Mandolina’s previous dentist recommended removal of all third molars.
Do you agree with this assessment?
With your current knowledge of her condition, would you remove them? Would you have any concerns?
Would you remove the teeth before or after antiresorptive therapy began? Why?
What is bone remodeling?
What is the mechanism of action for antiresorptive drugs on bone formation in this condition?
Bone remodeling is a complex process by which old bone is constantly being replaced by new tissue.
This process is dependent upon interactions between different cells and is regulated by many different biochemicals.
Our skeleton is a metabolically active organ that is constantly replaced throughout our life.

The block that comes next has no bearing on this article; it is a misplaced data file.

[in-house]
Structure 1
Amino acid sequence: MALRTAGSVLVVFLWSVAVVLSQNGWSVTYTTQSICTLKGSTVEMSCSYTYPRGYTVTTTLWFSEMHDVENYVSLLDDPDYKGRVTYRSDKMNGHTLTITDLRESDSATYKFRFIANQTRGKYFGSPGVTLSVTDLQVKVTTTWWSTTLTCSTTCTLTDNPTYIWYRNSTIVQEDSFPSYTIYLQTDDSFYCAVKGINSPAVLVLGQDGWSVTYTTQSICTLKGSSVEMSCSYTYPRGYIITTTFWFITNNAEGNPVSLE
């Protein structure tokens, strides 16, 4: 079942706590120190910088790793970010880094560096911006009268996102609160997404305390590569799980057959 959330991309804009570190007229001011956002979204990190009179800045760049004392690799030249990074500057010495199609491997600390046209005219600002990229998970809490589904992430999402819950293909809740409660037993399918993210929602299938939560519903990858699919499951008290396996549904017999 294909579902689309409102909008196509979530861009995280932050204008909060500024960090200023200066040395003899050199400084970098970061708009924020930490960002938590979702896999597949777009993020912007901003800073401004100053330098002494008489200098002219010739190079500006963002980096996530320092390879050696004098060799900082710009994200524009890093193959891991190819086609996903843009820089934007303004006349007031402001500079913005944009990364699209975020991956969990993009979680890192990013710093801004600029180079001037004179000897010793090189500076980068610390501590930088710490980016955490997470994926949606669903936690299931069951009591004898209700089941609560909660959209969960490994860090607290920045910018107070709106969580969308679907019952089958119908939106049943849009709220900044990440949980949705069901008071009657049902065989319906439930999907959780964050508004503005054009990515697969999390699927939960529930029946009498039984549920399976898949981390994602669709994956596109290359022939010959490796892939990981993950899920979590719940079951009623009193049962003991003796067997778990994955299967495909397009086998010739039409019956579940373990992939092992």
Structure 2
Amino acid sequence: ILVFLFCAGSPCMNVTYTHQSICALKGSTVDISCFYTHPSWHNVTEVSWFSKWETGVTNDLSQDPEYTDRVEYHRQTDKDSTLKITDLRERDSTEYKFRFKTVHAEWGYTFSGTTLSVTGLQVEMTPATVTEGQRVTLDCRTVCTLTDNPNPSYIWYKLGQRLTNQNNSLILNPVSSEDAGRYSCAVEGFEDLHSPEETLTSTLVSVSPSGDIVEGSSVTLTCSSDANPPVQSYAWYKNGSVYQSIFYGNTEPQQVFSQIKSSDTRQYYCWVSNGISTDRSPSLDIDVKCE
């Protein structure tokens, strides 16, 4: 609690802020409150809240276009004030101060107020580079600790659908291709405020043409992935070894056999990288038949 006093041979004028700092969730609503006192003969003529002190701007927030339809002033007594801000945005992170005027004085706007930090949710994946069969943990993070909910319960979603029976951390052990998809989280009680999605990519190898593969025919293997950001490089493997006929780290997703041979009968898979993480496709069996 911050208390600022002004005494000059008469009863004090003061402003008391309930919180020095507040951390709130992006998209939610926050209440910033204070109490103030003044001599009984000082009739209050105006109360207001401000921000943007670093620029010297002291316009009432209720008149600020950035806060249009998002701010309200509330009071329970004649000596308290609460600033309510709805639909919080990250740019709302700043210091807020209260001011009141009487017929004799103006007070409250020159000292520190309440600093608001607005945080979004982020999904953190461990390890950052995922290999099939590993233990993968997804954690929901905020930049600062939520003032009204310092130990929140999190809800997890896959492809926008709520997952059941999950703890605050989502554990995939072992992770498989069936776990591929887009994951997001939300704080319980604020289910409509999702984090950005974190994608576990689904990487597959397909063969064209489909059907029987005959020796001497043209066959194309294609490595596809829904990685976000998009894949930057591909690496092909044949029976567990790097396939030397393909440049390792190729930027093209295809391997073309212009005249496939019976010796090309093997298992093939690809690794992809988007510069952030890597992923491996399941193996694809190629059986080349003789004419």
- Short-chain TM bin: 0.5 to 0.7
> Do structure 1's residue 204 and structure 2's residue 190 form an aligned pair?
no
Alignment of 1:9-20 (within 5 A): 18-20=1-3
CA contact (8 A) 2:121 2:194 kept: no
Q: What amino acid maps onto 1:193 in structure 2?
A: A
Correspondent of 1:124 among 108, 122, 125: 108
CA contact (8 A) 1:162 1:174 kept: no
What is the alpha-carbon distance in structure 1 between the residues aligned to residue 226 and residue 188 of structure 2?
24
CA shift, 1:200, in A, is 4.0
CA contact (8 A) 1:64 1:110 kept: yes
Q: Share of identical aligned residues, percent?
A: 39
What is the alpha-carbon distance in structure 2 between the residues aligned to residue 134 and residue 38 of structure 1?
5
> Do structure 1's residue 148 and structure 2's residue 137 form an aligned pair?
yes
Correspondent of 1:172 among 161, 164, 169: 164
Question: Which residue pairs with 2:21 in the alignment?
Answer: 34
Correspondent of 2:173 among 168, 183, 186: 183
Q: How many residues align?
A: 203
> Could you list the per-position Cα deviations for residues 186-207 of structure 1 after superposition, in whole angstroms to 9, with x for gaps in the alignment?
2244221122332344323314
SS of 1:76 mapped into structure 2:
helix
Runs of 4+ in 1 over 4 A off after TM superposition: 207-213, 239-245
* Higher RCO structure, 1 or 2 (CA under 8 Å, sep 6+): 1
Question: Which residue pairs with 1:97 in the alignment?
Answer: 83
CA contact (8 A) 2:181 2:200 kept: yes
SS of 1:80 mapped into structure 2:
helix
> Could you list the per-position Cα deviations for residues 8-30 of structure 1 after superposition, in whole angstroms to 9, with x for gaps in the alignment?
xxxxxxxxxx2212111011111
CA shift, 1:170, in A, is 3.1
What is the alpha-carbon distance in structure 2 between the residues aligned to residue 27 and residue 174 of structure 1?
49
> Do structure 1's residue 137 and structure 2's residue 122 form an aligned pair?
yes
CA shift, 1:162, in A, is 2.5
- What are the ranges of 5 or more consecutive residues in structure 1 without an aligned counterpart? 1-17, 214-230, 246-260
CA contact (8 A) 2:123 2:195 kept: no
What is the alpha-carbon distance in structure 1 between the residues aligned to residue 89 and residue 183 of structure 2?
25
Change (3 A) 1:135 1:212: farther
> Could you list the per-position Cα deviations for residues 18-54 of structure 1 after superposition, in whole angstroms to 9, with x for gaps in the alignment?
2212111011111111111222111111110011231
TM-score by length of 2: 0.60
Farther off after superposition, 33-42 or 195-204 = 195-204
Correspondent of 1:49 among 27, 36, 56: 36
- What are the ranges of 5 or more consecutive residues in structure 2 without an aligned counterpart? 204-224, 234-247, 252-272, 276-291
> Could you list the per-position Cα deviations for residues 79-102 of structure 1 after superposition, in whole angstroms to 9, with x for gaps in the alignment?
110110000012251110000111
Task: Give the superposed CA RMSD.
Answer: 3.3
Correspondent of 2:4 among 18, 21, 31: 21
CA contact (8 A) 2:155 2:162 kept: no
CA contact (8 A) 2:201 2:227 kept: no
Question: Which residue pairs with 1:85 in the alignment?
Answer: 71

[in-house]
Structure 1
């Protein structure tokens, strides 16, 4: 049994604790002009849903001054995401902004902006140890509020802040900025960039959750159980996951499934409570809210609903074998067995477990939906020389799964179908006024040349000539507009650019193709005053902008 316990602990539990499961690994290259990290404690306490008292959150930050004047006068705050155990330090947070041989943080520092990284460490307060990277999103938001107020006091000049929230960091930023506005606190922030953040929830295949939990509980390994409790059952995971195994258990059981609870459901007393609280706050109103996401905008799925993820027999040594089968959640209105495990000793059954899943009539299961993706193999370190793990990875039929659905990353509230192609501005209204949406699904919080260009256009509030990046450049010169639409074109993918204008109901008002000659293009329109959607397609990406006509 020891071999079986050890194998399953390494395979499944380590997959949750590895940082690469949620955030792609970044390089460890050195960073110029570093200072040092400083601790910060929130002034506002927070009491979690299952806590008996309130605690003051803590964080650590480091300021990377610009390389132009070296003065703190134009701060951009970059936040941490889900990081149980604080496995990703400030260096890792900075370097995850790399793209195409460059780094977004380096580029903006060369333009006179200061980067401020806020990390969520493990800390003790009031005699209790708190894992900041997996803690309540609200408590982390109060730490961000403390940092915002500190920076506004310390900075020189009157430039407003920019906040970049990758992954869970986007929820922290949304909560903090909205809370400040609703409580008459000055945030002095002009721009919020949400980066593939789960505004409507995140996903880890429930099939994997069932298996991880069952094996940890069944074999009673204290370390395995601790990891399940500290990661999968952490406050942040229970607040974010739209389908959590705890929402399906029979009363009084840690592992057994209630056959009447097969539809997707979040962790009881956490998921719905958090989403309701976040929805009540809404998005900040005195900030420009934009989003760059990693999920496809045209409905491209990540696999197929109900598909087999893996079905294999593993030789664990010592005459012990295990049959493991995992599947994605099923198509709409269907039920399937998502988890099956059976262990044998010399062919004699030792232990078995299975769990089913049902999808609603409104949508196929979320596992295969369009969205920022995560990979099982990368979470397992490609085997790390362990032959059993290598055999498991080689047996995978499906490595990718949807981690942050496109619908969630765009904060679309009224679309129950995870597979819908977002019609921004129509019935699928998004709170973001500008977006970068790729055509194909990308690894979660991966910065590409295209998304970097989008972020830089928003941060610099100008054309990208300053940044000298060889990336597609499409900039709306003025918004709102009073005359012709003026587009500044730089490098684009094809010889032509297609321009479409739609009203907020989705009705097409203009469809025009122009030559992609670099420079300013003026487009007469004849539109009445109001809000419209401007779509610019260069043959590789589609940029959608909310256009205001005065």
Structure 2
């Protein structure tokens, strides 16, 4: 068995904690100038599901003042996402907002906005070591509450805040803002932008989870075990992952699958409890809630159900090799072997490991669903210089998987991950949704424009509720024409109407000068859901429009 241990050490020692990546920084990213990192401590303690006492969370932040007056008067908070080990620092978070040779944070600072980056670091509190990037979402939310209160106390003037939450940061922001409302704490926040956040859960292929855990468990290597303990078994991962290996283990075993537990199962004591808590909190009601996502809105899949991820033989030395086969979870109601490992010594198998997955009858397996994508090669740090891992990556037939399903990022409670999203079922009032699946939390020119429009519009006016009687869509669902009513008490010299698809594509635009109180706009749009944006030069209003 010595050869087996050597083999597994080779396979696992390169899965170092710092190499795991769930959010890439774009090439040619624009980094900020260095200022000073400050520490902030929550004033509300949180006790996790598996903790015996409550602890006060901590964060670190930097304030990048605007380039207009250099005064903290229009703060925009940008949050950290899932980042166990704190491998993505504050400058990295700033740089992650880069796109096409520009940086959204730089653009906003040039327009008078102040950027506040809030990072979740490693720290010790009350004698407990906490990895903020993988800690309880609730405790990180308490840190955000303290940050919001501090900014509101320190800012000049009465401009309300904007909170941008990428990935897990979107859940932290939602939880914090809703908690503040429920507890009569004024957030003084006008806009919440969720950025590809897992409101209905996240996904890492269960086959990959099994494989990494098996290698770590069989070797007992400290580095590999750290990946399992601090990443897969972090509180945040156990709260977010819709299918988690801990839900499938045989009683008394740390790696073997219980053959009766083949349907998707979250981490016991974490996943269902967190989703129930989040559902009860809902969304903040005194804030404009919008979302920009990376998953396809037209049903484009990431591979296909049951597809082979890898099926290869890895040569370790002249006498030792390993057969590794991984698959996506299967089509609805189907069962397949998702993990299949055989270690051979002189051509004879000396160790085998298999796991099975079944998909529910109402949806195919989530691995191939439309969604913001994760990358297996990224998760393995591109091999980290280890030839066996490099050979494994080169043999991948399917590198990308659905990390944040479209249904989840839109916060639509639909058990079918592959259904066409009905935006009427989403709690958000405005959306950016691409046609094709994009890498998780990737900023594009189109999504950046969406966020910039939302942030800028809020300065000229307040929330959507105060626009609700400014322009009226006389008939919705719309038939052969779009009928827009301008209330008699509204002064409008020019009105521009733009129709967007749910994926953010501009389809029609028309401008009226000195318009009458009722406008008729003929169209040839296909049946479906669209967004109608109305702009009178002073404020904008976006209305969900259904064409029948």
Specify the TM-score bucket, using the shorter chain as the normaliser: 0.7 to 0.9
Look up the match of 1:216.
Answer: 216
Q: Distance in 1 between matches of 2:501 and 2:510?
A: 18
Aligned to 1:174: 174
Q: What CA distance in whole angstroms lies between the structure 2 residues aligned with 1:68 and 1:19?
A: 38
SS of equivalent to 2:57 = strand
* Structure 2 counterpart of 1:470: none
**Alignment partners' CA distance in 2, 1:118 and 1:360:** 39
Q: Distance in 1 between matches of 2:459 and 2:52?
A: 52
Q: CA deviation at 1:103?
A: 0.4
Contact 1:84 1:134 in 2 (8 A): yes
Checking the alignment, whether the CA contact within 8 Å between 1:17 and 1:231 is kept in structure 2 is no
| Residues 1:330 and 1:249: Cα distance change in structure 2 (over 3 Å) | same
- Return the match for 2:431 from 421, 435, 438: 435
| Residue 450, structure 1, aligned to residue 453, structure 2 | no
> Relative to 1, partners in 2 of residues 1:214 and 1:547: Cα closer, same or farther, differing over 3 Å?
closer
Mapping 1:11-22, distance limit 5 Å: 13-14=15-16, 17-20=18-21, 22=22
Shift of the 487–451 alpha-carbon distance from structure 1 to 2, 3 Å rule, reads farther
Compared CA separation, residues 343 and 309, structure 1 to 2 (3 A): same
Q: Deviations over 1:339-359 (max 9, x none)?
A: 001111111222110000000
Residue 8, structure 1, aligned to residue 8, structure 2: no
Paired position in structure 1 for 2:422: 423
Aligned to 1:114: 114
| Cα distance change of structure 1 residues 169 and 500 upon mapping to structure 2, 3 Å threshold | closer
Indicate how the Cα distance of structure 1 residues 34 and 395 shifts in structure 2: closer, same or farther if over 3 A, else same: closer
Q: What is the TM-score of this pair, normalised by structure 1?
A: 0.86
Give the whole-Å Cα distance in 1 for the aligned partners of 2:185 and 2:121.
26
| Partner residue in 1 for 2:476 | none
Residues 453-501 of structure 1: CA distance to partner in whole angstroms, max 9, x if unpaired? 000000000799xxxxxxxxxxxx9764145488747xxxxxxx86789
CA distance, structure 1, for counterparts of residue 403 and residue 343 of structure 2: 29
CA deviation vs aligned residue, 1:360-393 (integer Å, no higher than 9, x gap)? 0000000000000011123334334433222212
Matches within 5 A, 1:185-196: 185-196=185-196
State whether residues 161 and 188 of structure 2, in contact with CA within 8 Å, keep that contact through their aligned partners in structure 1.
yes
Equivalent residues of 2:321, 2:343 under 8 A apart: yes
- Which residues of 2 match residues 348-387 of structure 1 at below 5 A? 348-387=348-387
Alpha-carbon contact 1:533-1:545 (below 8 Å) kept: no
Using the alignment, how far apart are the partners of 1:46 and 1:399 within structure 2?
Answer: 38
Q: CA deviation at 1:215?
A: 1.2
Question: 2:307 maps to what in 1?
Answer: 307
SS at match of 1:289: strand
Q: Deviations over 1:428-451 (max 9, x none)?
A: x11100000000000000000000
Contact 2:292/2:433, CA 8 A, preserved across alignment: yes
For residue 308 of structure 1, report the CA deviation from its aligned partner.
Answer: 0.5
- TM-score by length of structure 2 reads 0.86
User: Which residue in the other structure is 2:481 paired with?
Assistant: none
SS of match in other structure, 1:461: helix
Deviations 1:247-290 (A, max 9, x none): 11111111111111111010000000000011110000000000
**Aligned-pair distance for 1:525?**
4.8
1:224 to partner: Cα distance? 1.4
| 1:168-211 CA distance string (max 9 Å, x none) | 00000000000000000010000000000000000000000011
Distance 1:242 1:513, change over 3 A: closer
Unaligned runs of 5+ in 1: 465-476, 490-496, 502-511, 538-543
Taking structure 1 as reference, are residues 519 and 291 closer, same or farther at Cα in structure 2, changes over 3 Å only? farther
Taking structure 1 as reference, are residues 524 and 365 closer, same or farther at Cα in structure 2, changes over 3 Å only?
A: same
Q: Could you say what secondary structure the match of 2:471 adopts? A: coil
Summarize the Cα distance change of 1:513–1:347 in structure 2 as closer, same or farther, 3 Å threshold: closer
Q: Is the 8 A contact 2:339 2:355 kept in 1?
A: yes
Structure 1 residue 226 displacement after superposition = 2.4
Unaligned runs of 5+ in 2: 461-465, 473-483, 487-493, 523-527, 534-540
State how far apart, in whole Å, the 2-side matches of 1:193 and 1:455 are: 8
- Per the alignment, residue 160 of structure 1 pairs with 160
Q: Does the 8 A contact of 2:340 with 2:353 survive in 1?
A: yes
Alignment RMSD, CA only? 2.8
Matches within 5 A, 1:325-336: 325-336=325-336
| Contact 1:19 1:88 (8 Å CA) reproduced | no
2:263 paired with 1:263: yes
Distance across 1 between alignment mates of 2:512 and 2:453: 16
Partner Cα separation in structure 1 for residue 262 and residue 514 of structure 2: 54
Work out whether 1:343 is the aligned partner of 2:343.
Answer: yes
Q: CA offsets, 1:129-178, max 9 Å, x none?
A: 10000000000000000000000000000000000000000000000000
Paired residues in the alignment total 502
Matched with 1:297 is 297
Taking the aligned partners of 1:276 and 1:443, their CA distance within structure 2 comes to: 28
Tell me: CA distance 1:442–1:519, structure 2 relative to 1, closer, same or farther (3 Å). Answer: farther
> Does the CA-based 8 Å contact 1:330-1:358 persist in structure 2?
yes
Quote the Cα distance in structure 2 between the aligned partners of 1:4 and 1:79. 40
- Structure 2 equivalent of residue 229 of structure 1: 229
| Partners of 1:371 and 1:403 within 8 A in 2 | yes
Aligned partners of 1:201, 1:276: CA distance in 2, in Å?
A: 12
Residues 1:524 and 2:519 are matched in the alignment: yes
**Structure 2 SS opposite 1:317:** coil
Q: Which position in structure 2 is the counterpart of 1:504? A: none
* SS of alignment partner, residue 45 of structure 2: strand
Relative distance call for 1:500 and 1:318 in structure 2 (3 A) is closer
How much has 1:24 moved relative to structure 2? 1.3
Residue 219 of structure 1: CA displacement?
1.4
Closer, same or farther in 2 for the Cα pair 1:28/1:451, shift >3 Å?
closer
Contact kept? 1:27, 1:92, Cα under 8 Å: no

Bone remodeling is necessary to replace/repair damaged bone. This maintains the integrity of our skeleton. [25]
"Bone remodeling serves to adjust bone architecture to meet changing mechanical needs and it helps to repair microdamages in bone matrix preventing the accumulation of old bone" [25]
Bone Density Loss
The patient test (DEXA scans) revealing bone mineral density reduction is concerning because it is a major sign of a larger problem. (6)The treatment for bone porosity could lead to complications with the removal of her third molars. (7)
Types of Antiresorptive Therapy
Decrease bone remodeling by decreasing osteoclast activity and inducing osteoclast apoptosis
Inhibits osteoclast activity without decreasing osteoblast collagen synthesis
Estrogen and raloxifene (SERM)
Suppress bone remodeling to the premenopausal range, maintaining the function of osteoblasts and osteocytes (11)